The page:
Some Guidance for my Unborn Children

I worry that I sound cheesy when I write. I used to, when I was little and told everyone who asked that I would be an author when I grew up. Not a “writer,” but an “author” specifically; of novels, I suppose. I wrote, then, elaborate stories about girls my age (seven or eight or nine or so), undercover princesses who lived in tree houses and whose best friends were their pet horses and dogs. I wrote fancy sentences with big words that even now, if I had them in front of me, I might be too embarrassed to copy down. Those sentences are funny and adorable, I’m sure. I was also serious when I wrote them; and, somehow, I can’t quite detach from my nine-year-old soul.

I received my first journal when I was seven years old, from my mother. Funny, because I think I assumed then that everyone kept a journal. My mother doesn’t even journal, and never has, but I’ve kept a journal ever since I received that first one, almost fifteen years ago. It has always felt important, necessary. It took me five years to fill up that first journal; it is full of entries that begin, “Dear Journal, I am SO sorry that it’s taken me this long to open you back up again” or “I can’t believe I haven’t written in here in SO long.” Still, writing in that journal was religion to me; despite the gaps of absence, it was something I always came back to. It was my venting ground: through many periods of my life, in fact, it only documenting the bad that went on. Well, in times of ease and happiness, writing seems rarely to call on people (at least, I’ve often heard this from musicians and song writers, and I identify).  Journaling was, in my most angst-filled times of transition, the perfect catharsis and something I treasured. That first journal remains a document of my growth from childhood up through high school. It is a container of memories encapsulated in melodramatic and too-wordy sentences: my reactions to everything from my first move to fights with my sister to the first time I fell in love. Light brown leather with the hint of glitter I added at age ten with a Sakura Gelly Roll pen, it sits on my shelf wherever I go, waiting to be opened and remembered. If my house ever caught on fire, it is the only object I would grab before getting out.

I have always thought, in the back of my mind, that someday this would happen: I would be moving, or cleaning my attic, or something of that nature, and I would uncover my dusty journals, which I had somehow over the years forgotten. I would stop everything I was doing, sit amid the attic dust (propped against an old piece of furniture or a cardboard box) and read. For hours. I would read and smile and remember how important things seemed when I wrote them and how trivial they seemed looking back, or maybe I would realize how important they still seemed. I would remember the ghosts of my past, the people I’d lost touch with. I might cry, or laugh; I might not. I might understand, in that moment, if I had changed since the ink on those pages had dried.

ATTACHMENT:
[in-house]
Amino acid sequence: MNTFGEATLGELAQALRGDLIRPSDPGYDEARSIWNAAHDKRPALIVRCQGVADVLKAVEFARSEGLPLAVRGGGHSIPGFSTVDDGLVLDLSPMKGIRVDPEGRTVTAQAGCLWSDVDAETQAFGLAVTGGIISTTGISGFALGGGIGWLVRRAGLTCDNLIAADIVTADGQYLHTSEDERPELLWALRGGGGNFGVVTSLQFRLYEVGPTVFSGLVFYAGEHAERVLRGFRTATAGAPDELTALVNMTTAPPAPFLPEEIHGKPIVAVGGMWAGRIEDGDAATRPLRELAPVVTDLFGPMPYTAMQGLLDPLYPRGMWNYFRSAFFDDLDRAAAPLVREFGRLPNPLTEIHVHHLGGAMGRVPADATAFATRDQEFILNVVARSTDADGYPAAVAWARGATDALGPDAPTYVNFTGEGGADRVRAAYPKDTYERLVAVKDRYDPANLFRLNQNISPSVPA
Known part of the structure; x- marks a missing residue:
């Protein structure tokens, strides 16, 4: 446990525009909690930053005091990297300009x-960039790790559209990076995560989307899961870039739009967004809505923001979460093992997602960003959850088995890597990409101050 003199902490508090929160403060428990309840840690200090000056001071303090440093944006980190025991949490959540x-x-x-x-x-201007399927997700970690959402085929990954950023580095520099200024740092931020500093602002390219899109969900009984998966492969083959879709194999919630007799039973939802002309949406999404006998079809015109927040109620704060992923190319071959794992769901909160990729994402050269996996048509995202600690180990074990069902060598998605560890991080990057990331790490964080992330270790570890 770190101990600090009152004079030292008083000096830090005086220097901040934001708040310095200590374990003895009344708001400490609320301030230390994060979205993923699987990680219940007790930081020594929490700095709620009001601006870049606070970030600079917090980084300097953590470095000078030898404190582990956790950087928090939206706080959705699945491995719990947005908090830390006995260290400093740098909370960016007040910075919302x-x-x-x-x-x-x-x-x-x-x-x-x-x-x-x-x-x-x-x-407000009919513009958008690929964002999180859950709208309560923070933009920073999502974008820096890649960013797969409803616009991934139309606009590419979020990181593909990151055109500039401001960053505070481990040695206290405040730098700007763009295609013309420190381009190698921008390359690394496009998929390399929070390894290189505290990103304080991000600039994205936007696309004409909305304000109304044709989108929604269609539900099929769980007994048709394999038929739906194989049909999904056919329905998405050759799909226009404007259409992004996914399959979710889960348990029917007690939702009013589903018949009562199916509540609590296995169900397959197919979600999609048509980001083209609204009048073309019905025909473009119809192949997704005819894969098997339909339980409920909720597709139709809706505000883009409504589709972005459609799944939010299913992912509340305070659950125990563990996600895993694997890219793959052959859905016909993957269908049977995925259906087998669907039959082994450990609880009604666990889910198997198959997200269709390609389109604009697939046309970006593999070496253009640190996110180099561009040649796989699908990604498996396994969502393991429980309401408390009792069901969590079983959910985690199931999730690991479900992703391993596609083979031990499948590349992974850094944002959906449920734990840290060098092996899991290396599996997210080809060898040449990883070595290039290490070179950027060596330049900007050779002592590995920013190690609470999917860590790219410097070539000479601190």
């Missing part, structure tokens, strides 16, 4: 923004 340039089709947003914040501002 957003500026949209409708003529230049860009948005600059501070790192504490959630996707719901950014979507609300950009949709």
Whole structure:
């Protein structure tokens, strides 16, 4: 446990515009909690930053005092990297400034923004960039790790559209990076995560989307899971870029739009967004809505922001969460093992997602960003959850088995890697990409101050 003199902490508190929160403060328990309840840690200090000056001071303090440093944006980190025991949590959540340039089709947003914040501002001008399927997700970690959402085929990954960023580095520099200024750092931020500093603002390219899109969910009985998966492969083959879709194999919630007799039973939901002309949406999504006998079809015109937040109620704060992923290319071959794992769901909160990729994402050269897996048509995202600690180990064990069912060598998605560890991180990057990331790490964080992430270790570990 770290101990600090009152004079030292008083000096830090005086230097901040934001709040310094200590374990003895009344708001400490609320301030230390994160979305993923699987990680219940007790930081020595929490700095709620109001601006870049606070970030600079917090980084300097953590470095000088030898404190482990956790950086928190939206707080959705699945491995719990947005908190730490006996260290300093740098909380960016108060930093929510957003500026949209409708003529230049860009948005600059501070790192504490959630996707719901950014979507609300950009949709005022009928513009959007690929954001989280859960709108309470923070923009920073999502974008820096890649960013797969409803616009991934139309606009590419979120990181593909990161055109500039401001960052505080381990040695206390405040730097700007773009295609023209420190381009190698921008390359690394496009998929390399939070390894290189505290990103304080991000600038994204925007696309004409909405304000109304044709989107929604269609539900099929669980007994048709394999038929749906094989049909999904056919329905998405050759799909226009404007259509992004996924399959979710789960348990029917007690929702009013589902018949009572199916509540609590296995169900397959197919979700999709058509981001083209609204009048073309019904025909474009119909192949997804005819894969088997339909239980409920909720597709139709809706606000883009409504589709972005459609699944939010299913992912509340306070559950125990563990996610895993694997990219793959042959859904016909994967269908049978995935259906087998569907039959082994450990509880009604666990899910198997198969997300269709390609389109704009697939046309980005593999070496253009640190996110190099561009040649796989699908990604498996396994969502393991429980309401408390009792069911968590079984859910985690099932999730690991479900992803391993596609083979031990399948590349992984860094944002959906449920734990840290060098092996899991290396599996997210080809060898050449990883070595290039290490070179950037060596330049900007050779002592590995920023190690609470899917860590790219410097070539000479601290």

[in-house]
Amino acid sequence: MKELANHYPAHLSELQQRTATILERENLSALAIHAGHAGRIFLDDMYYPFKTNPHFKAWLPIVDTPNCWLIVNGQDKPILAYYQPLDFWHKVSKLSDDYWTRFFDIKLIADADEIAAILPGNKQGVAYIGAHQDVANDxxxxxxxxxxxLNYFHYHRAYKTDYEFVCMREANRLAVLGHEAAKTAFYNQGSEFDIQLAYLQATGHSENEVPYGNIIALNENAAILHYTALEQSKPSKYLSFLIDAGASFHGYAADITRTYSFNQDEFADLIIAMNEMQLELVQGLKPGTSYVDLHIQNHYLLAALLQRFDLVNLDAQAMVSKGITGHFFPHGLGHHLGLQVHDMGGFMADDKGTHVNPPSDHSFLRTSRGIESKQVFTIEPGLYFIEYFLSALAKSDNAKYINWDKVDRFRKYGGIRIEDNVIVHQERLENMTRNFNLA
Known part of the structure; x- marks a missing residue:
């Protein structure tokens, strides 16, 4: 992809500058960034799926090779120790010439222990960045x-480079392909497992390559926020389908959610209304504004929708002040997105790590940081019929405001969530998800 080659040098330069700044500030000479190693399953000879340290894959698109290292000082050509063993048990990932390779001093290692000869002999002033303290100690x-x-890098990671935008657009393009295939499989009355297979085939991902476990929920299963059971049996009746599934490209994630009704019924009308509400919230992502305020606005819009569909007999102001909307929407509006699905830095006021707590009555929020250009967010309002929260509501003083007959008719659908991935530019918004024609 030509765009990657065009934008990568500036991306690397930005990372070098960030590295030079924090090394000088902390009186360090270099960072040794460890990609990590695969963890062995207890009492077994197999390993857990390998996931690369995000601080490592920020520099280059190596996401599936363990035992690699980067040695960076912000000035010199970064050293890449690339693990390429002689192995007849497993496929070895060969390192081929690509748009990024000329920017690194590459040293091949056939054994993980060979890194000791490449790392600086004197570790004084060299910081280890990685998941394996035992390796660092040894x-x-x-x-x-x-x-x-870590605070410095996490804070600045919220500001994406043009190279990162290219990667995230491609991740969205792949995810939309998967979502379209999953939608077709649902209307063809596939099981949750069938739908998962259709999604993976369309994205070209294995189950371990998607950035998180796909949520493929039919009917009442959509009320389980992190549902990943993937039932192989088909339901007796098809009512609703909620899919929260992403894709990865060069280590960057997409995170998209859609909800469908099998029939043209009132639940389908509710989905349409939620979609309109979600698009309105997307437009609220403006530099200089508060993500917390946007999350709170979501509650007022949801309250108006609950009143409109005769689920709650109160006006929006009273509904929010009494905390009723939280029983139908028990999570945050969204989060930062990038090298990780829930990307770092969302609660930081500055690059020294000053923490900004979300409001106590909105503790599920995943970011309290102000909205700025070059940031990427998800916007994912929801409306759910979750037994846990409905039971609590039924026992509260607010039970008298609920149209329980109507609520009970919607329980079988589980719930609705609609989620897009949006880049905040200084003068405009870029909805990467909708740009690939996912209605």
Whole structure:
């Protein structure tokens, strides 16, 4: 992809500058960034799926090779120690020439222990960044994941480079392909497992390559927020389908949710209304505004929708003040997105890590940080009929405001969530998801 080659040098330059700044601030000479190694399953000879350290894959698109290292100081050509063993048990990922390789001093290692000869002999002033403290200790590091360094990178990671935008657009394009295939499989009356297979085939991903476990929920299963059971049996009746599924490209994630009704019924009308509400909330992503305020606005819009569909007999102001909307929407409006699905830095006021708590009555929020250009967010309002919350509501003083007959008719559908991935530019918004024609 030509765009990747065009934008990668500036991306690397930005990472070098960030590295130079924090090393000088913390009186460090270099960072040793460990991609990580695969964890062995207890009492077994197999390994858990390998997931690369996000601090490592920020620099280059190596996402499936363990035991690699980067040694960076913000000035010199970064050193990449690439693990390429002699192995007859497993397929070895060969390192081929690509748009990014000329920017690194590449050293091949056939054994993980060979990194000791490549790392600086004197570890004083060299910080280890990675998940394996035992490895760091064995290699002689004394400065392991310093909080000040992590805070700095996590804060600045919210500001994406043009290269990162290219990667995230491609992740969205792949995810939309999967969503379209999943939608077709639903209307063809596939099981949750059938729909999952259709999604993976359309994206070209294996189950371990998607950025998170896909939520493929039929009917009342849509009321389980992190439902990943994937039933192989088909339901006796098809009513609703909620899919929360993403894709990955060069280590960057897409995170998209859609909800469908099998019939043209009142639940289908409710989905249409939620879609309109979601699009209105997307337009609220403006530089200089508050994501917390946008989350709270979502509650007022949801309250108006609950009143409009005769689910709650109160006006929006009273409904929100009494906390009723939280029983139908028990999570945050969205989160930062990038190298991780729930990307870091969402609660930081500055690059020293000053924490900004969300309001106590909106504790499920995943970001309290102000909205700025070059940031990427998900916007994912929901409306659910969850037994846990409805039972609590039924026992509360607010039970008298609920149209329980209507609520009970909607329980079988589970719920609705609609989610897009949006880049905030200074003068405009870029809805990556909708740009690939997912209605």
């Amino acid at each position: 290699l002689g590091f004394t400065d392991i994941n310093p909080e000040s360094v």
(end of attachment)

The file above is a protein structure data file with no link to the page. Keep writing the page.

See, the question that, lately, has been haunting me most (there usually is one that follows me for a while) is: do people actually change? Are people capable of change? Or do they always, fundamentally, stay the same? Are people put on this planet for some solitary, predetermined purpose? Or are they here to grow? Have I grown or learned at all? Am I the same person, fundamentally, who wrote fancy sentences about princesses when I was eight?

I have always wished, faced with difficult decisions (or even trivial ones, like: should I text that person who totally screwed me over a year ago but who I still think about all of the time? Is it some sort of sign that I think about them all of the time, or is that just human nature that I should and will overcome if I’m patient enough?), that there were some tell-all, case-by-case, guidebook to life. It would present a basic situation, then go into more depth with options a, b, c, etc. pertaining more specifically to the problem at hand, and then it would present the best solution. It would predict the likely reactions of the humans in your life, and it would weigh morality against happiness, the “right thing” based on several definitions of “right,” and then somehow, through all of that and with the advice presented, the difficult decision would seem crisp and simple. Obvious. (Yes, I know that I overthink things.)

Unfortunately, no such guidebook exists. There are many wise people in the world with beautiful wisdom to offer, but their advice is rarely specific. So, literature – the writing of our forefathers and contemporaries – is the closest thing we have. We can look to documents handed to us by the writers we admire – even old journal entries, sometimes – and observe what those people did, how they felt, and what decisions they chose to make. We get to watch lives play out, to live in others’ regret, or joy, or sadness, and learn from their quiet or crazy or awful or beautiful ways of dealing with what the universe chooses to thrown at them. I don’t know if people change, or grow, or learn from their mistakes. I do know, however, that I find solace in words I can relate to; that solace, I think – that flash of a sense of the universal – offers us everything.